By Tiffeny Owens and Lauren Estes
The Cullman Times
Cullman city officials are preparing for Monday night’s winter weather advisory with a shelter on standby, additional emergency responders on duty, and vehicles staged in the area with four-wheel drive capabilities.
The National Weather Service predicts between 1 and 2 inches of snowfall south of the Tennessee River Monday night. Another round of wintry precipitation is expected tonight, beginning with a mix of rain and sleet changing over to snow overnight. One-to-three inches of accumulations is possible across Cullman, Marshall, Jackson and DeKalb counties, according to the NWS.
Overnight, meteorologists advised roads would become snow covered and slushy, causing slick spots and making driving hazardous.
Temperatures will warm above freezing today, with the high in the upper 30s, before falling below freezing again at night.
The second round of snow and sleet tonight could last through much of Wednesday. The greatest risk of moderate to possible heavy accumulation will be along a line between Cullman and Scottsboro, according to NWS.
They predict it will be a “wet snowfall,” which will make driving conditions more hazardous Tuesday evening and overnight, according to the NWS. As temperatures fall again Wednesday, icy road conditions are likely to develop were snow has fallen.
The area will be under a winter storm watch through 6 a.m. Thursday.
Following a briefing with Cullman County EMA Director Phyllis Little, Cullman Police Chief Kenny Culpepper and Cullman Fire Rescue Chief Junior Reinhardt said they will have additional staff available in case of stranded motorists or a larger number of accidents caused by icy roads.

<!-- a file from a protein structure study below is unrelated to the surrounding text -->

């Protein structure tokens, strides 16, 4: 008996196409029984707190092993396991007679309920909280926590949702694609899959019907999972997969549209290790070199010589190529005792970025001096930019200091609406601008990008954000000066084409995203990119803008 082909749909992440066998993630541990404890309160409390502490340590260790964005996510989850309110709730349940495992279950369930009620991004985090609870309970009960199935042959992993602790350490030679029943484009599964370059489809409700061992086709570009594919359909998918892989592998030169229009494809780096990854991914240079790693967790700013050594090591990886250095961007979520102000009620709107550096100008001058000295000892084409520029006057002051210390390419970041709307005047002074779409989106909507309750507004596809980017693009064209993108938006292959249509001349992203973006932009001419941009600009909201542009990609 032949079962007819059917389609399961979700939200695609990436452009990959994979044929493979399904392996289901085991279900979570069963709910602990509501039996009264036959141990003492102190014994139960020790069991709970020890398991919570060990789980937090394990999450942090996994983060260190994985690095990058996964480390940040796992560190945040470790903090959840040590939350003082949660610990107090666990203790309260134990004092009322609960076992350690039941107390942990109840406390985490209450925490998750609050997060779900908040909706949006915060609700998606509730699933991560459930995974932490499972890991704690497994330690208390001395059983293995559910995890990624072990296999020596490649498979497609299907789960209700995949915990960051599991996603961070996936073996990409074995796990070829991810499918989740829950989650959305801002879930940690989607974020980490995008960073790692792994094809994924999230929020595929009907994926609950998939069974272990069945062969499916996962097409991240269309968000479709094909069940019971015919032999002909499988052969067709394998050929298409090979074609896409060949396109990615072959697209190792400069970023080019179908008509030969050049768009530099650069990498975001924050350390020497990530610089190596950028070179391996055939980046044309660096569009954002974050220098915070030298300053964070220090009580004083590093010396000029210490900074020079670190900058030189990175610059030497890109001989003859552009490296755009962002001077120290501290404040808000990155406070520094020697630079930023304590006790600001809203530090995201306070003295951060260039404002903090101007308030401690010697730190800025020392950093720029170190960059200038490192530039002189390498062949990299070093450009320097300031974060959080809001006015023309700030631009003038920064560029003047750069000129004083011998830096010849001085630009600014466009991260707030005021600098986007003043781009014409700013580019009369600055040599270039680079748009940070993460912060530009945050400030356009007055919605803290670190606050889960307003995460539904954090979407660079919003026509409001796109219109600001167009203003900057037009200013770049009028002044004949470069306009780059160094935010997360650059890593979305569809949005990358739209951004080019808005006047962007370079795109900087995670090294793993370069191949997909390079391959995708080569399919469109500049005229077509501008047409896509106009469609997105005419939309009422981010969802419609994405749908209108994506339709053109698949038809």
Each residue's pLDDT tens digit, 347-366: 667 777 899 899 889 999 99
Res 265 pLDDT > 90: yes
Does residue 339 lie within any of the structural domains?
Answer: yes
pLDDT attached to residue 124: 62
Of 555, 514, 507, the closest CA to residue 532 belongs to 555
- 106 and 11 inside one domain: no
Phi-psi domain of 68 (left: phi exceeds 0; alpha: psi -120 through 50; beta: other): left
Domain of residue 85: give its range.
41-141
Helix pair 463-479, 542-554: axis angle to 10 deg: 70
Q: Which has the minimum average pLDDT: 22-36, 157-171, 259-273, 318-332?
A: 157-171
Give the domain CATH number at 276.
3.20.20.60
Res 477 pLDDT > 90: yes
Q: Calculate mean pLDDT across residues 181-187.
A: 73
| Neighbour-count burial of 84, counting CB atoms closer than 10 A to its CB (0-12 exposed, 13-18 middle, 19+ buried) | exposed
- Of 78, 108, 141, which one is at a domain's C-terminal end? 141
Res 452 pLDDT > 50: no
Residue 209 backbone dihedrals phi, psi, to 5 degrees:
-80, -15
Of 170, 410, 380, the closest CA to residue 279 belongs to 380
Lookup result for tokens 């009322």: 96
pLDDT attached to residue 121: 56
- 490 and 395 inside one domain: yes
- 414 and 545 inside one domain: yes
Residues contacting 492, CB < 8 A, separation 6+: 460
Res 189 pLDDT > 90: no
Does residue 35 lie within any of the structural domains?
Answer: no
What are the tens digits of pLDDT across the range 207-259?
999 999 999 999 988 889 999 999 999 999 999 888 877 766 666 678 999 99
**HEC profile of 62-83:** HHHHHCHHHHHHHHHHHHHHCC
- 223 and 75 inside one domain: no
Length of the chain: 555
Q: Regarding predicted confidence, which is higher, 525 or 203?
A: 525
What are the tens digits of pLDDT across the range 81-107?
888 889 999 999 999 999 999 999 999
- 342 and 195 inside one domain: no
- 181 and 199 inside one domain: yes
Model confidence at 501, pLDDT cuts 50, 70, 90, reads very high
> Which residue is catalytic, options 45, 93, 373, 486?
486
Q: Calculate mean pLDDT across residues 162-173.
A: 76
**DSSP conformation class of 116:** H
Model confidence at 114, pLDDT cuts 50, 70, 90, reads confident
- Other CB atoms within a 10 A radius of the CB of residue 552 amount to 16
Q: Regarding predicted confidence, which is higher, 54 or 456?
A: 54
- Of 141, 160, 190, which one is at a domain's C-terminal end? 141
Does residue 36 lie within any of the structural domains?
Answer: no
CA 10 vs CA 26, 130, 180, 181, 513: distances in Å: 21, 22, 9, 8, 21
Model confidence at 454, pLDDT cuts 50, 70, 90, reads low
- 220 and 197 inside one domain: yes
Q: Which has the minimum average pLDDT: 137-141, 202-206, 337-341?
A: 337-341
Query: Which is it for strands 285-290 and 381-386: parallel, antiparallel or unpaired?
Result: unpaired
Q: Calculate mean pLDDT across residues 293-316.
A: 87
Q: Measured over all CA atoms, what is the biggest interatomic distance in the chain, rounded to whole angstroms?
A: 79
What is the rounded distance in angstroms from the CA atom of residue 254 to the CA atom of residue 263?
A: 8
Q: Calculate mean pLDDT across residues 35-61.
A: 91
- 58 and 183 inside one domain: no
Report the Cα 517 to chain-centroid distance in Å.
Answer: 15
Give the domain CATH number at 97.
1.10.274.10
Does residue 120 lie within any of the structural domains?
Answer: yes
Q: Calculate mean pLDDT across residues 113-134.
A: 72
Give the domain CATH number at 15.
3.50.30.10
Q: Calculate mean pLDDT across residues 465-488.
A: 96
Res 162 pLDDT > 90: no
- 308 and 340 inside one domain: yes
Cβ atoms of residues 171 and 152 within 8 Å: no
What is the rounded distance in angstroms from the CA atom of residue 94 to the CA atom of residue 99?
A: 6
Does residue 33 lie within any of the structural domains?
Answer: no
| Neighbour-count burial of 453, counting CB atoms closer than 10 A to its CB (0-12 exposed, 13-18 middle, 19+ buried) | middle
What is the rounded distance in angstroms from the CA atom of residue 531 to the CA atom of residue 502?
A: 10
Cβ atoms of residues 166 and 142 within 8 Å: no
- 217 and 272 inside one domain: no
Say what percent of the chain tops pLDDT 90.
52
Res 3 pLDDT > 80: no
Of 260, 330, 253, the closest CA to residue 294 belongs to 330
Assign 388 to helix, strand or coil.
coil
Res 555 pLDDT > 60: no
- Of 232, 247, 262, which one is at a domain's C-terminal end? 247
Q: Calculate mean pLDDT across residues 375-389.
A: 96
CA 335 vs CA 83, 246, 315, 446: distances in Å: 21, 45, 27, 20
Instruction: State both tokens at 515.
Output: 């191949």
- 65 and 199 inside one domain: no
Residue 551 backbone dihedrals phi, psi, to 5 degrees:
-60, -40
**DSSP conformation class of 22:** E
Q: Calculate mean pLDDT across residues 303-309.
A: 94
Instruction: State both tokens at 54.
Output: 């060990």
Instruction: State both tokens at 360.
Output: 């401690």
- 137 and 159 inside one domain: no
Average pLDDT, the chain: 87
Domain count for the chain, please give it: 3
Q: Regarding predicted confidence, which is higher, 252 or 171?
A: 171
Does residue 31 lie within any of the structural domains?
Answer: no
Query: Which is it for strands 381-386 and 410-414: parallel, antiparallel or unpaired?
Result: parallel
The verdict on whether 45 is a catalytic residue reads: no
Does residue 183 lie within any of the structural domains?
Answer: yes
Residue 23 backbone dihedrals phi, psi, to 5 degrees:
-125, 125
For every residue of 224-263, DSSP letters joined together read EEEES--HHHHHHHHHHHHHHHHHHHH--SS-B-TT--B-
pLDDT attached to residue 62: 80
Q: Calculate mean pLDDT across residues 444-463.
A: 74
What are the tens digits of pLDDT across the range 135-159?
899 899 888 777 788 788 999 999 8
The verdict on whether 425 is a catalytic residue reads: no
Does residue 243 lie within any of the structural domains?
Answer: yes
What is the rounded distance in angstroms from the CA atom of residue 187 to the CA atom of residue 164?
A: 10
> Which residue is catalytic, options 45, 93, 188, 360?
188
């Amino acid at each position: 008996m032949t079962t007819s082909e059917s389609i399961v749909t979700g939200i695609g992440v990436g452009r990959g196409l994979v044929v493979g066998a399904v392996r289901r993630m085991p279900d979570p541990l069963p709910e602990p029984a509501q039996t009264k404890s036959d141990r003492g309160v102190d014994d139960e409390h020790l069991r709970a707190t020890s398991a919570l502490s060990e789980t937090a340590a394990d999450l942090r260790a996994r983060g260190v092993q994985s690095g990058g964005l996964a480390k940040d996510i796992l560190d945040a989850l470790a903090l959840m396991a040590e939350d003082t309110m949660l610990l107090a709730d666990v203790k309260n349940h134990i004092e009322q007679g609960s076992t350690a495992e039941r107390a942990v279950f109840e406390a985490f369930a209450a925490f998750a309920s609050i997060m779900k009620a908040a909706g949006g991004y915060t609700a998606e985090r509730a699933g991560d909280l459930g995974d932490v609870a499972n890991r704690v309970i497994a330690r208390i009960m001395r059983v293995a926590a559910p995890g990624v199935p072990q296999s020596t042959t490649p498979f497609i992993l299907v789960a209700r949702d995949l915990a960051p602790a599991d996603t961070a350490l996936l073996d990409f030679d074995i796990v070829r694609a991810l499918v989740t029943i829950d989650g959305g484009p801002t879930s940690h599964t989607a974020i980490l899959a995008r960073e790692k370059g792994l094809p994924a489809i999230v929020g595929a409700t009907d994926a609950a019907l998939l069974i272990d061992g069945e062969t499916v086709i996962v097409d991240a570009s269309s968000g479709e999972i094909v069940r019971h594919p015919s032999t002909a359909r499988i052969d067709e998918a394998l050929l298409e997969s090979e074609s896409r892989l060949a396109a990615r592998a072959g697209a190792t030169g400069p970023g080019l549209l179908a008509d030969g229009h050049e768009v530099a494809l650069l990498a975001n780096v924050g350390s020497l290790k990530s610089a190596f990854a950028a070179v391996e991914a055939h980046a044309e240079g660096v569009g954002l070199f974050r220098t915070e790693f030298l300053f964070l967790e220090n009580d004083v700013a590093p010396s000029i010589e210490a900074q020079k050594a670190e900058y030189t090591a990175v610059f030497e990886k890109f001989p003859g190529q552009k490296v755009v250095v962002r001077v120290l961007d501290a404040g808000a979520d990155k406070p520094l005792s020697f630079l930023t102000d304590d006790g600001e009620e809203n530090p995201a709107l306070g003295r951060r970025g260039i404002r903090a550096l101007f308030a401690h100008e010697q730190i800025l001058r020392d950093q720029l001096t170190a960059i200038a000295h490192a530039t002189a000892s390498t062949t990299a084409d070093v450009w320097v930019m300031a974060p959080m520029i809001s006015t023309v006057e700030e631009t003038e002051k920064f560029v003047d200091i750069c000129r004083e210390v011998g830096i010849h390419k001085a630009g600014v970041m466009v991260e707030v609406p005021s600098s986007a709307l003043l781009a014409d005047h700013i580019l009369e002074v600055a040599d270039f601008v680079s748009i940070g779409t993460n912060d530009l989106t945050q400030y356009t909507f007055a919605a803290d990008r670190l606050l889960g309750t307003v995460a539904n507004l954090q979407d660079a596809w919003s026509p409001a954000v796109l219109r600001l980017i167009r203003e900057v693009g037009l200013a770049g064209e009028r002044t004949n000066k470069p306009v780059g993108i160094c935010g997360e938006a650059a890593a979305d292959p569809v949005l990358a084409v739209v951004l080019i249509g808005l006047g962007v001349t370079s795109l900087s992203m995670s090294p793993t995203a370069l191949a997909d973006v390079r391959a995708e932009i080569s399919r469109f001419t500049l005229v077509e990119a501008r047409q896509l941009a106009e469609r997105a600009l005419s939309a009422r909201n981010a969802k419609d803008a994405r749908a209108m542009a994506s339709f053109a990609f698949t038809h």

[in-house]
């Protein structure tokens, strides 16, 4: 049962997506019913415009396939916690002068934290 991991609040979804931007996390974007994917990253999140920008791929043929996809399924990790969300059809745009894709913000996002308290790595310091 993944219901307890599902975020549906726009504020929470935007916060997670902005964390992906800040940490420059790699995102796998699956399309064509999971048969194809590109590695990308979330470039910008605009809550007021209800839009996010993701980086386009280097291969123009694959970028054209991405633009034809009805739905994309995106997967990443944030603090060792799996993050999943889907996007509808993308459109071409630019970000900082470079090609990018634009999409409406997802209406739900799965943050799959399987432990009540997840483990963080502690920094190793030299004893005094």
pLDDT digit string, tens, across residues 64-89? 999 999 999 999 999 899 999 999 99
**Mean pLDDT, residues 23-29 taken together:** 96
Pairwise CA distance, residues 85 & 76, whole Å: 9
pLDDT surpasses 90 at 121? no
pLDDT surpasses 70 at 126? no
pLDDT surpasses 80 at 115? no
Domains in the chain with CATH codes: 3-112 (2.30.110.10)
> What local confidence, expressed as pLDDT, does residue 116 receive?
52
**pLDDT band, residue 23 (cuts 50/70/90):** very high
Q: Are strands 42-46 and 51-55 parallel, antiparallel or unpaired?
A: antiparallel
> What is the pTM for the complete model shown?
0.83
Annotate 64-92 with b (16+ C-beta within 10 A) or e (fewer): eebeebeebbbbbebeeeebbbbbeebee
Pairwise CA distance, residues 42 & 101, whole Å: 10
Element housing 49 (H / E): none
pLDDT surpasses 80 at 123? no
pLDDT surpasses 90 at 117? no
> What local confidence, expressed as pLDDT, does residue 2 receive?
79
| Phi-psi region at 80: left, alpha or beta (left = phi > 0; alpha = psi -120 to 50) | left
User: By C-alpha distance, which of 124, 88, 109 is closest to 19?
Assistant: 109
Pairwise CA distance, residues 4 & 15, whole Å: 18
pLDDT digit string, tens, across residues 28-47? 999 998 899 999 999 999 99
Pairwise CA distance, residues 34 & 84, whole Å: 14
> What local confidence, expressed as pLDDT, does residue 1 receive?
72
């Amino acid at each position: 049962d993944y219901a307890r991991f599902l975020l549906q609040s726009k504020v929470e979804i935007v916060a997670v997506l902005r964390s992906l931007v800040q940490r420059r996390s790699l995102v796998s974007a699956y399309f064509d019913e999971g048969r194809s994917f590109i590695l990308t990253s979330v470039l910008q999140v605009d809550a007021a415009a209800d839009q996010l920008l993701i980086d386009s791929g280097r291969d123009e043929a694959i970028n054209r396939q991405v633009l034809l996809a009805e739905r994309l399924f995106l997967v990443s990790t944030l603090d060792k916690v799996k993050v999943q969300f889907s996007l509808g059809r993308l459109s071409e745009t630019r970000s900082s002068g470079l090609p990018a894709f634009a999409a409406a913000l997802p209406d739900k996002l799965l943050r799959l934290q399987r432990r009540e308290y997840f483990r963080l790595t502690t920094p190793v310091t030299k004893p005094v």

“We are preparing for the worse case scenario: The interstate shuts down and we have travelers seeking shelter,” Culpepper said. “We have the Cullman Civic Center on standby to set up a shelter and the Red Cross ready to assist if that happens. We will also have extra personnel out tonight in case of hazardous roadways and stranded motorists.”
“We will stage some fire department trucks around areas that are harder to get to, as well as, some four-wheel drive units for medical calls,” Reinhardt said. “It’s important also, if you are going to be traveling, make sure you have items in your car like snacks, water, a blanket, flashlights, in case you do become stranded.”
Culpepper said if roadways become impassable, drivers should try to pull their vehicle off the road for emergency personnel that may be traveling it later.
“One of the big issues with Birmingham and Atlanta, emergency vehicles were unable to drive on the roads to get to accidents and medical calls because vehicles were jammed together,” Culpepper said. “If you don’t have to be out, don’t get out. That will prevent more potential accidents. Also if you do become stranded, try and pull off to the side of the road, instead of blocking the roadway.”
ALDOT pretreated bridges, overpasses and certain highways Monday in preparation for the winter weather, said Linda Crocket, spokeswoman with the Alabama Department of Transportation.
“We’ll have crews and trucks on standby as well,” she said.
Local crews will also be treating roadways in and around the City of Cullman.
Cullman city department heads met with Cullman County EMA Director Phyllis Little to discuss the winter weather advisory which will be in effect at 6 p.m. on Monday night, to further prepare the area. Little said at this time, it looks like a freezing rain and snow mix could cause some travel and road problems.
“We are also looking at another round of similar weather coming in Tuesday night and affecting travel Tuesday night and Wednesday morning,” Little said. “We’re hoping everything will change to rain on Wednesday afternoon. If you don’t have to travel, stay home. If you can delay traveling in the morning, do that.”